director Vincente Minnelli
Some classic films that I watch with the kids are not only their initiation with the material, but my own as well. I once used to note that no one has seen every interesting or important classic film, everyone has holes in their experience, so don’t be so surprised that I’d never seen it. That said, in telling people about the movie the next day, I was surprised how many people hadn’t even heard of it.
Directed by Vincente Minnelli, Meet Me in St. Louis is one of Judy Garland’s most known and beloved films. Set in the early part of the 20th century, it’s a family drama/comedy/entertainment that is interestingly already wistful for a bygone time of innocence in American culture. Based on the writings of Sally Benson, it recalls a middle class family in St. Louis in the year leading up to the 1904 World’s Fair, which was held there. Garland plays Esther, the second eldest daughter of the Smith clan (which includes three other sisters). The joys and adventures are comprised of riding the trolley, riding shotgun with the ice delivery man, Halloween shenanigans, building snowmen and going to dances. And wooing young men.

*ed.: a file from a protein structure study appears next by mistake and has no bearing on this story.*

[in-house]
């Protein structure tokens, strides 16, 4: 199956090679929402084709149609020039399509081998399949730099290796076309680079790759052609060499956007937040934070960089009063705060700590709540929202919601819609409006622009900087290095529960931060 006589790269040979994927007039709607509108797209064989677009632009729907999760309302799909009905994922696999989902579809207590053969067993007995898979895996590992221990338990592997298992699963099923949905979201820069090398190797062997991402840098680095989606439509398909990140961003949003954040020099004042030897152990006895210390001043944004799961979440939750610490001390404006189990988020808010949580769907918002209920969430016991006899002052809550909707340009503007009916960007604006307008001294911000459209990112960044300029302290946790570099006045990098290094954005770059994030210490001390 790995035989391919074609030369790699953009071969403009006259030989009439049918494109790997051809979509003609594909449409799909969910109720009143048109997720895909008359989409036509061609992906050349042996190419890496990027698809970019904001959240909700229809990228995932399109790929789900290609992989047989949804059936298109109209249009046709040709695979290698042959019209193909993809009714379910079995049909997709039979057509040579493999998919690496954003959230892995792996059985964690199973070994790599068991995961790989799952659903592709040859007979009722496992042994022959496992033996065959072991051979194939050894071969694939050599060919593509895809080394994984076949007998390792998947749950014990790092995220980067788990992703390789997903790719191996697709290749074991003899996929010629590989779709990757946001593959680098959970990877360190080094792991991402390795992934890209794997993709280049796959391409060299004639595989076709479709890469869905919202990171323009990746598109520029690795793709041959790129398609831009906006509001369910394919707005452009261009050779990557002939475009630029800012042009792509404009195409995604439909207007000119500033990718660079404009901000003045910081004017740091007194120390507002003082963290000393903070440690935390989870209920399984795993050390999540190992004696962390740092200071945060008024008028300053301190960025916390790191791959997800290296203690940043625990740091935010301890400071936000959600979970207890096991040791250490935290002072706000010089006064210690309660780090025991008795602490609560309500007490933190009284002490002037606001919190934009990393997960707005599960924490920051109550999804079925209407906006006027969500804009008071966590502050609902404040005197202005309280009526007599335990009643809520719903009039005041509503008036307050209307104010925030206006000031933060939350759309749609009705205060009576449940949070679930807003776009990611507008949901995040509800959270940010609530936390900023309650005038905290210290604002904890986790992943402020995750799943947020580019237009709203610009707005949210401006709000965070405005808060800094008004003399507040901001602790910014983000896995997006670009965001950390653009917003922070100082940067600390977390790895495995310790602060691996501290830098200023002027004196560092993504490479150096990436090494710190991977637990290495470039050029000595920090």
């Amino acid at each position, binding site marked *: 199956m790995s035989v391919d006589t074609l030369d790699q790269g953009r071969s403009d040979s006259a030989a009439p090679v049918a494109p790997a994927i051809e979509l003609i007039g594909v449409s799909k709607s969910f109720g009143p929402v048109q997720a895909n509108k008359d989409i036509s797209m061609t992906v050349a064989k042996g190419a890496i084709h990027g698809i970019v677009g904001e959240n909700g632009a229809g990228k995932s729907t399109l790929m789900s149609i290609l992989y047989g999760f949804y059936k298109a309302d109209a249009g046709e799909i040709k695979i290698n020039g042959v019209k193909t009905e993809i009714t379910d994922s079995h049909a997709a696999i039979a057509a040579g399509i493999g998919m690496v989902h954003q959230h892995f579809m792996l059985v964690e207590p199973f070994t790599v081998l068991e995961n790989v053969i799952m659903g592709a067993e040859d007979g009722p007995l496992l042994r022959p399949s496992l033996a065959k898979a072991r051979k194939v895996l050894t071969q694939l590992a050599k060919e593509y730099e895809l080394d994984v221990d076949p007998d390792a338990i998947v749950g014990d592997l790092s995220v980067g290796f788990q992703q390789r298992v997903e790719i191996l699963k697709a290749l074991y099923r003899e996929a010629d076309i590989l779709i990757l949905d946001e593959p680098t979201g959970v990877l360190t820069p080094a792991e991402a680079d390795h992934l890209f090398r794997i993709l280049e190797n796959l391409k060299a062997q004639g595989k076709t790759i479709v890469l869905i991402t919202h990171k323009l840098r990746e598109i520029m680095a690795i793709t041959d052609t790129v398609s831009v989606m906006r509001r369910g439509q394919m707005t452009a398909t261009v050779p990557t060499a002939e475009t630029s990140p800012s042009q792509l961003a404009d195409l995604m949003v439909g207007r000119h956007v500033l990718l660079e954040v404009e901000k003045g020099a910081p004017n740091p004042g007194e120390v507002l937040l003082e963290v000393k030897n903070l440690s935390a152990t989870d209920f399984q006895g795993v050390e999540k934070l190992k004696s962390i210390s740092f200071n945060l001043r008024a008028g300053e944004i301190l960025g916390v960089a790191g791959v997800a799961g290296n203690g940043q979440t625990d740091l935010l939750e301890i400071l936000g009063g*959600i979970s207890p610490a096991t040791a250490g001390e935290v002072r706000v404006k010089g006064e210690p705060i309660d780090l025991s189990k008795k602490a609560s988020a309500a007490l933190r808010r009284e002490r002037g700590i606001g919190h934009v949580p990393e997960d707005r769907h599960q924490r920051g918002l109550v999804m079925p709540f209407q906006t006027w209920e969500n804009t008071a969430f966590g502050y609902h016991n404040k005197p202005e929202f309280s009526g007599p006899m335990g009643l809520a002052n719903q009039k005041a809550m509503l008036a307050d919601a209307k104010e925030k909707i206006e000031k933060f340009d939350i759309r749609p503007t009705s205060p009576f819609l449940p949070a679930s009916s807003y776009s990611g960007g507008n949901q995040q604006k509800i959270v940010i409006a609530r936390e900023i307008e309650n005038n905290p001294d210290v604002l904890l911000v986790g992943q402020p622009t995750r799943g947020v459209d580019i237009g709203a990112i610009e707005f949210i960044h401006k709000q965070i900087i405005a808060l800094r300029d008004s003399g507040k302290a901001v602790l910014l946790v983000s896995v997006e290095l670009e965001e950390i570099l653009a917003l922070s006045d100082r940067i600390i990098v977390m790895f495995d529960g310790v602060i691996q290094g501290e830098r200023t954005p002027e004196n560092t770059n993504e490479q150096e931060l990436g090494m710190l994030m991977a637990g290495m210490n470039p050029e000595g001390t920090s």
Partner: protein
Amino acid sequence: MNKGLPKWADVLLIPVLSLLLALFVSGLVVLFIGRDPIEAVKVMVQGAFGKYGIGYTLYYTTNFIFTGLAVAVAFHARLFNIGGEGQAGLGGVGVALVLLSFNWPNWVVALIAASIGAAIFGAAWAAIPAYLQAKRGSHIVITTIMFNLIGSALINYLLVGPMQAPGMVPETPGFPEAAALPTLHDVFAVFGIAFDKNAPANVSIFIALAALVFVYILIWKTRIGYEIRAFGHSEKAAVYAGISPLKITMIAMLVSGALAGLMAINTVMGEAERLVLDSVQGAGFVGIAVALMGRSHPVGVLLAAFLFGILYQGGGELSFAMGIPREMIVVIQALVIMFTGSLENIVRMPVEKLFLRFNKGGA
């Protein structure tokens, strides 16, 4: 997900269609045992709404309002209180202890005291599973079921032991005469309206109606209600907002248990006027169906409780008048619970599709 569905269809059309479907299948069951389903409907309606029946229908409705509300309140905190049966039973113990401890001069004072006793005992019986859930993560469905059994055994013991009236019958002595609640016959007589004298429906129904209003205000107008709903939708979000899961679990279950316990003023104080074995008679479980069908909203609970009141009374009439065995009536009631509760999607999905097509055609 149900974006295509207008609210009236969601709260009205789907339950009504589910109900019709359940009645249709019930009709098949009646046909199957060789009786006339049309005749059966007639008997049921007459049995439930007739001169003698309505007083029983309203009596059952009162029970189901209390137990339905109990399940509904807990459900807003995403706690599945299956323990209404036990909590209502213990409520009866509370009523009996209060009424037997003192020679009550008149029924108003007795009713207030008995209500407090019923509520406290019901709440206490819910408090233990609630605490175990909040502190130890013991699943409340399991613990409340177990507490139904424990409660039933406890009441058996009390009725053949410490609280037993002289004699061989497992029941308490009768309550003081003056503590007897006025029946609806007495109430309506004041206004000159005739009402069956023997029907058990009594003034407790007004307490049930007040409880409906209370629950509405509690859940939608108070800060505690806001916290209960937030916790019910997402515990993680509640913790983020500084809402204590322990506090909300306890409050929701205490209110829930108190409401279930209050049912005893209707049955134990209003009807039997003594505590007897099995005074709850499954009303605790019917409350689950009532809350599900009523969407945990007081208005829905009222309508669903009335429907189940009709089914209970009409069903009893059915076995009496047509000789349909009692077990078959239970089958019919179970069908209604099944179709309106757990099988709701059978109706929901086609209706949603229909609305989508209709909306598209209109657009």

Some humor is made of the “invention” of the telephone, the newfangled device that allowed a person in New York to talk to a person in St. Louis “as if they were just in the next room” (via shouting and misunderstanding).
The film is shot in Technicolor and is a pretty pure delight. It debuted such classic songs as “The Trolley Song” and “Have Yourself a Merry Little Christmas”, two of the film’s many highlights. It’s also interesting that second-billed Margaret O’Brien played the youngest of the sisters, Tootie. She’s a total hoot, a wild almost tomboy of a character, who gets most of the laughs and a bit of the drama.
Made in 1944, during WWII, the film is a diversion of diversions, reckoning of a wholesome America. The film’s largest drama revolves around the father’s plan to uproot the family for a promotion in New York City. The film is of course a tribute to the St. Louis of the early century, which received the World’s Fair’s cosmopolitan fantasia, “right in old St. Louis” (or something to that sentiment.) St. Louis represents the ideals of the American family, and the joys and traumas therein are of that of nearly broken hearts and almost abandoned homes. But the whole thing is too happy and upbeat and cheerful (despite the sentiment of “Have Yourself a Merry Little Christmas” that things will be better) to end with anything but a smile.
The kids really enjoyed it. Felix had specifically asked if we could watch some more musicals and this was one that I’d always wanted to see.